You knew this was coming. This morning President Trump tweeted about John Kerry’s shadow diplomacy to preserve the Iran deal:

The Boston Globe reported Friday that Kerry has been quietly making calls to members of Congress and sitting down with foreign leaders, including Iran’s Javad Zarif, urging them to keep the Iran deal in place. And Kerry isn’t operating alone. Former Energy Secretary Ernest Moniz and a group of Obama-era State Department officials are backing his effort.

A short time after Trump’s tweet, a spokesman for John Kerry issued a response:

“Secretary Kerry stays in touch with his former counterparts around the world just like every previous Secretary of State,” the statement reads. But Kerry is lobbying for a specific outcome on a specific issue and doing so contrary to the stated preference of the President of the United States. That may not be illegal but it’s a lot more than keeping in touch with old friends.

Trump’s reference to this effort being “possibly illegal” is a reference to the Logan Act, a 200-year-old law which says Americans may not negotiate foreign policy without approval from the government. No one has ever been successfully prosecuted under the Logan Act, and there’s a good argument to be made that it violates the First Amendment. So the chance that Kerry is going to prison for a Logan Act violation is beyond slim.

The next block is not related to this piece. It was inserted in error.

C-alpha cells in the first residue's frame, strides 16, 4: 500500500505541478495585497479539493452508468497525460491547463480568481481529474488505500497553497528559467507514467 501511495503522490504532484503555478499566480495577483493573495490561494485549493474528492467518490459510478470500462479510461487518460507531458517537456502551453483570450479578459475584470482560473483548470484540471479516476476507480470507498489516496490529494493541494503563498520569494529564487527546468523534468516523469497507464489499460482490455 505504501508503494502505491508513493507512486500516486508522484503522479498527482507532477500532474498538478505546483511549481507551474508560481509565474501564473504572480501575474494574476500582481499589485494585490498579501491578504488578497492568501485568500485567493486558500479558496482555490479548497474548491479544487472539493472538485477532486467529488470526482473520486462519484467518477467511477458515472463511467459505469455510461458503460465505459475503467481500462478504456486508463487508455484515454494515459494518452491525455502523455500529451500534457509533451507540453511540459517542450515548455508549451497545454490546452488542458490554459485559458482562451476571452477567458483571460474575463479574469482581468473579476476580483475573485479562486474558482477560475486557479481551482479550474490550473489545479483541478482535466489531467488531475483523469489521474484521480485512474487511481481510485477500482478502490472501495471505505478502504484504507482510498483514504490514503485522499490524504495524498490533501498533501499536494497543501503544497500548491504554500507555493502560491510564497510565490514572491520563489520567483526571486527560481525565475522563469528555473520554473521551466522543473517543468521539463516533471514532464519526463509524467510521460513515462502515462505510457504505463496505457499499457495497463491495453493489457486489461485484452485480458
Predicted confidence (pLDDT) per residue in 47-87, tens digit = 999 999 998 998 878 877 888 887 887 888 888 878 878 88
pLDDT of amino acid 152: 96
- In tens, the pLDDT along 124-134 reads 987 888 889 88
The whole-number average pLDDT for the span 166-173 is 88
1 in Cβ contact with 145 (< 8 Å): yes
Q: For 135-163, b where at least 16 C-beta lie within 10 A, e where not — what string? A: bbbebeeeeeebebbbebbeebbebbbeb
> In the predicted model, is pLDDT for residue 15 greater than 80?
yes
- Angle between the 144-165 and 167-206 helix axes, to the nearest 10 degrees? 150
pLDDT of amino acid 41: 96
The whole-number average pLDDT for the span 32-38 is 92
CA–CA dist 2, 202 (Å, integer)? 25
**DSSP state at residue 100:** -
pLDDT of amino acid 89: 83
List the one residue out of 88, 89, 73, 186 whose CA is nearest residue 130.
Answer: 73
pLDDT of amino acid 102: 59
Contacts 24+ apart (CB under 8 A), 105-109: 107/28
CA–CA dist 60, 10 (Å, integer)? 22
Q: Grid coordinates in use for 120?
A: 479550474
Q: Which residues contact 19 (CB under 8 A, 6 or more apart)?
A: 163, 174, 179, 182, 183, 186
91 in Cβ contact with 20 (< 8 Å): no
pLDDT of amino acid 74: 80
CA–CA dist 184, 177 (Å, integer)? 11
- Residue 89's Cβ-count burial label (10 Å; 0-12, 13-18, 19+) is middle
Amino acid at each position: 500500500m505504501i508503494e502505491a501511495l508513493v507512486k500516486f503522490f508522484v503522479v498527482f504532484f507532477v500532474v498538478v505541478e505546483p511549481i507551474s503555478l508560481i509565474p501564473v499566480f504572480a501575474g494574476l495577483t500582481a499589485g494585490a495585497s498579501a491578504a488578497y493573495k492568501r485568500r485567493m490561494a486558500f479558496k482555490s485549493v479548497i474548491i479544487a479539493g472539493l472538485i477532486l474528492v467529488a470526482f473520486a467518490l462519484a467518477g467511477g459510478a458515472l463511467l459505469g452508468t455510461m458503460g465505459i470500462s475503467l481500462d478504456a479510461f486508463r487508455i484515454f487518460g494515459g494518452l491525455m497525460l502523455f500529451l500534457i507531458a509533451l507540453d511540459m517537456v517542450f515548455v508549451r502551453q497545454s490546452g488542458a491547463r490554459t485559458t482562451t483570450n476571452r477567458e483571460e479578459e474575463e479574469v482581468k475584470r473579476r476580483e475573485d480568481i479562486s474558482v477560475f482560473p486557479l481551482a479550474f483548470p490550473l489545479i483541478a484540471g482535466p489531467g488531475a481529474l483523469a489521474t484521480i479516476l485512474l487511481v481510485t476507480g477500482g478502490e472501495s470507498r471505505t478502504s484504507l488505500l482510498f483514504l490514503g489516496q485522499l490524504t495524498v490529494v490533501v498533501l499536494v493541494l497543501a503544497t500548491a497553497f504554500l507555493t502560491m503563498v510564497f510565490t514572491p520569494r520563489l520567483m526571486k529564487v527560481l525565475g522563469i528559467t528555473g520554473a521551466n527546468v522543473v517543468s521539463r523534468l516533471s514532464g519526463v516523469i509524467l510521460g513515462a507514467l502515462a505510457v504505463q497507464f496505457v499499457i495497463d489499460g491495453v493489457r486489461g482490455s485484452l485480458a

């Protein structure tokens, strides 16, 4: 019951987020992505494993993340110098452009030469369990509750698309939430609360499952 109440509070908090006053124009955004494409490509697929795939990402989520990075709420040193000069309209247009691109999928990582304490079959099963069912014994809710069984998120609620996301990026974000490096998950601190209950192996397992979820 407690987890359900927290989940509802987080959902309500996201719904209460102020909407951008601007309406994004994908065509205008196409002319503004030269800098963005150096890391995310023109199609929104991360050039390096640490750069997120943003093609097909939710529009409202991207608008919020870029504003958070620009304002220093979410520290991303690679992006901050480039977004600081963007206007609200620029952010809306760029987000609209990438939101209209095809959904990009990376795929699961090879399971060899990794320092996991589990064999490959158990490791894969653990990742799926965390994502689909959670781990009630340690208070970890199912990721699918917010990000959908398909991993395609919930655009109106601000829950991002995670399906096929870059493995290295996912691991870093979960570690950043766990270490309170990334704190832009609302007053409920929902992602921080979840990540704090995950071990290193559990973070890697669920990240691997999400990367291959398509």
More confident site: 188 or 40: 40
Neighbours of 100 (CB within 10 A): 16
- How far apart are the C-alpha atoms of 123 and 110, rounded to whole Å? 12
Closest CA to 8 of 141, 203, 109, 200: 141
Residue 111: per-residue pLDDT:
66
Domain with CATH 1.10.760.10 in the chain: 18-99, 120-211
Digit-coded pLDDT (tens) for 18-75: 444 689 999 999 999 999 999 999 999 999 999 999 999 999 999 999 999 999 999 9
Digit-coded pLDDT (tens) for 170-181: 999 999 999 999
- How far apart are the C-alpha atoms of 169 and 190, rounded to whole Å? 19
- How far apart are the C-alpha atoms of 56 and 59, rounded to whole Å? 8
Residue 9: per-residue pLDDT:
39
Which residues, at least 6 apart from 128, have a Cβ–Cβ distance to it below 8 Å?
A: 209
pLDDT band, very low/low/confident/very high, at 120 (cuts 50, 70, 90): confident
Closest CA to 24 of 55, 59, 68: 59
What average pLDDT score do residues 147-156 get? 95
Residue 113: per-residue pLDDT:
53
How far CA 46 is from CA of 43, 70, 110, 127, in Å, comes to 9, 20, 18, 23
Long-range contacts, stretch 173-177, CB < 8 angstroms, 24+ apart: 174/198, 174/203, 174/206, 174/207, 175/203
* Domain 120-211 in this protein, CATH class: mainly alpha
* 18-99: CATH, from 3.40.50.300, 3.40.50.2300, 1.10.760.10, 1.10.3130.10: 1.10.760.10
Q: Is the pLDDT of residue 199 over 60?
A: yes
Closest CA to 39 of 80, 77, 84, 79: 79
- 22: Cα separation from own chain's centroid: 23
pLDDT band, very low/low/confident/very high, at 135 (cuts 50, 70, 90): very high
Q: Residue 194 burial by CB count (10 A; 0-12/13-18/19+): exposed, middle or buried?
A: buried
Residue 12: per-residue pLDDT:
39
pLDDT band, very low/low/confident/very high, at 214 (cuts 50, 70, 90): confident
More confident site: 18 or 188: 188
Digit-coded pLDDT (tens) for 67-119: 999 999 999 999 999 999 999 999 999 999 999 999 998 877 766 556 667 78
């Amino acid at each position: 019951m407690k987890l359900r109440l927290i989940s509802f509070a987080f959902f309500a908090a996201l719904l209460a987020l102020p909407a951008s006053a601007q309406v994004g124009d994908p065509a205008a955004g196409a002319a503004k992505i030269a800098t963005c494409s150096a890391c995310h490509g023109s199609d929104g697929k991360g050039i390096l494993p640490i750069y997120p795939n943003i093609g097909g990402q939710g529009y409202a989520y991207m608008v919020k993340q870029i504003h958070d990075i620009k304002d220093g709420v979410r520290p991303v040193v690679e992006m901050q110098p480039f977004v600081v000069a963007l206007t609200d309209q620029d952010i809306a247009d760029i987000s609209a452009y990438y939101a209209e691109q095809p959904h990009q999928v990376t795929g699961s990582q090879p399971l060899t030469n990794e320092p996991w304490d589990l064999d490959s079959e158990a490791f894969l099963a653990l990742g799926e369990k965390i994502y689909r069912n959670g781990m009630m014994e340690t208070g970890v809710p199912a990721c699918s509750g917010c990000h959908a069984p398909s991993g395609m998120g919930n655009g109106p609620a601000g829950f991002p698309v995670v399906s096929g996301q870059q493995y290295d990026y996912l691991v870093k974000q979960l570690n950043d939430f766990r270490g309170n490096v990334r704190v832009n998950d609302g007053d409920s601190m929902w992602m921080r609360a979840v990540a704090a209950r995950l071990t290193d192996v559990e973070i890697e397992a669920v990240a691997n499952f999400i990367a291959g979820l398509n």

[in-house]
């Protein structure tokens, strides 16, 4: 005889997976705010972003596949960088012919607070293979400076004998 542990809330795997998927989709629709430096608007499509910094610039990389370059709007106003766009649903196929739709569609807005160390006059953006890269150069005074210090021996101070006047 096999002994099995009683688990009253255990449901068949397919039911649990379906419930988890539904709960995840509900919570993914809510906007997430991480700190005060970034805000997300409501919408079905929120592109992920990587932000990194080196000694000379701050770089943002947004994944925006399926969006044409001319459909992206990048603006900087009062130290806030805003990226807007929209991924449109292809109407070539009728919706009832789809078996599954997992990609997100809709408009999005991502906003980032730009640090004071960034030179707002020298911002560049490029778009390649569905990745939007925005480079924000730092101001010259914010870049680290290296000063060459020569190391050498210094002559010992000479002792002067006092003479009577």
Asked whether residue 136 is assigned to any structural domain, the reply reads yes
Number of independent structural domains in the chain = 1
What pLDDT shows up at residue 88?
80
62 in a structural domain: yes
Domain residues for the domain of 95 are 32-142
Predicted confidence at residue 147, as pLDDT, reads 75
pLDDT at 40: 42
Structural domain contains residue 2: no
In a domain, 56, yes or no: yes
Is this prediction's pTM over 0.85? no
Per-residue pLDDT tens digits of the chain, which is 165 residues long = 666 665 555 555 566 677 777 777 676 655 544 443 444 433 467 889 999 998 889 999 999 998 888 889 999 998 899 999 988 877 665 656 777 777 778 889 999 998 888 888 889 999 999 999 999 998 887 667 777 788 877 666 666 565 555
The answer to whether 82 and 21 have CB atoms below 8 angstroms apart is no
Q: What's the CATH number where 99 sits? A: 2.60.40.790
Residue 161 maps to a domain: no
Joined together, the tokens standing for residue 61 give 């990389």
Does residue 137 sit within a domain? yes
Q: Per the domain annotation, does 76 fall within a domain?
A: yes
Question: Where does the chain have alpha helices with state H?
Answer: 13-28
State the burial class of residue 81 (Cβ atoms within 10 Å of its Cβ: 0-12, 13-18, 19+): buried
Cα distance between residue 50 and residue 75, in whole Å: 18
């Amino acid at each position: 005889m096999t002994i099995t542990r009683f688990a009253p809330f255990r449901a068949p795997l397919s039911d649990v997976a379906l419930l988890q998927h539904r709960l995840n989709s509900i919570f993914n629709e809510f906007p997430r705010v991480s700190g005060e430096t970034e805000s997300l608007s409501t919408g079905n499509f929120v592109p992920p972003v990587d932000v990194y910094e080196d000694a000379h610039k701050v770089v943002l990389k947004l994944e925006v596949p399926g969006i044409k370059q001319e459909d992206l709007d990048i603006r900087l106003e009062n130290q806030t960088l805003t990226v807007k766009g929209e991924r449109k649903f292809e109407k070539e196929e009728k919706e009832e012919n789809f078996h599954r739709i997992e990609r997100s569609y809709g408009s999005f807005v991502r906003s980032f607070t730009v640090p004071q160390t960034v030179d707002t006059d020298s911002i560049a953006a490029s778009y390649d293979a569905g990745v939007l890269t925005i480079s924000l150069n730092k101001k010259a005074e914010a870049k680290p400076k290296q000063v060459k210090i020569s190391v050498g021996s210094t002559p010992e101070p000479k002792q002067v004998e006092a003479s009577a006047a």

But the left’s interest (or disinterest) in the Logan Act is situational. Back in 2015 when Sen. Tom Cotton and 46 other Senators signed a letter to Iran about the Iran deal, some suggested it was a violation of the Logan Act. More significantly, it was the Logan Act which apparently initially concerned AG Sally Yates (an Obama holdover) about a conversation Michael Flynn had with Russian Ambassador Sergey Kislyak. From the Washington Post:

Yates, then the deputy attorney general, considered Flynn’s comments in the intercepted call to be “highly significant” and “potentially illegal,” according to an official familiar with her thinking.

Yates and other intelligence officials suspected that Flynn could be in violation of an obscure U.S. statute known as the Logan Act, which bars U.S. citizens from interfering in diplomatic disputes with another country.

At the same time, Yates and other law enforcement officials knew there was little chance of bringing against Flynn a case related to the Logan Act, a statute that has never been used in a prosecution. In addition to the legal and political hurdles, Yates and other officials were aware of an FBI investigation looking at possible contacts between Trump associates and Russia, which now included the Flynn-Kislyak communications.

Word of the calls leaked out on Jan. 12 in an op-ed by Post columnist David Ignatius. “What did Flynn say, and did it undercut U.S. sanctions?” Ignatius wrote, citing the Logan Act.

Finally, here’s Logan Act scholar Keith Olbermann in February, 2017 demanding an investigation into Flynn and Trump over possible Logan Act violations.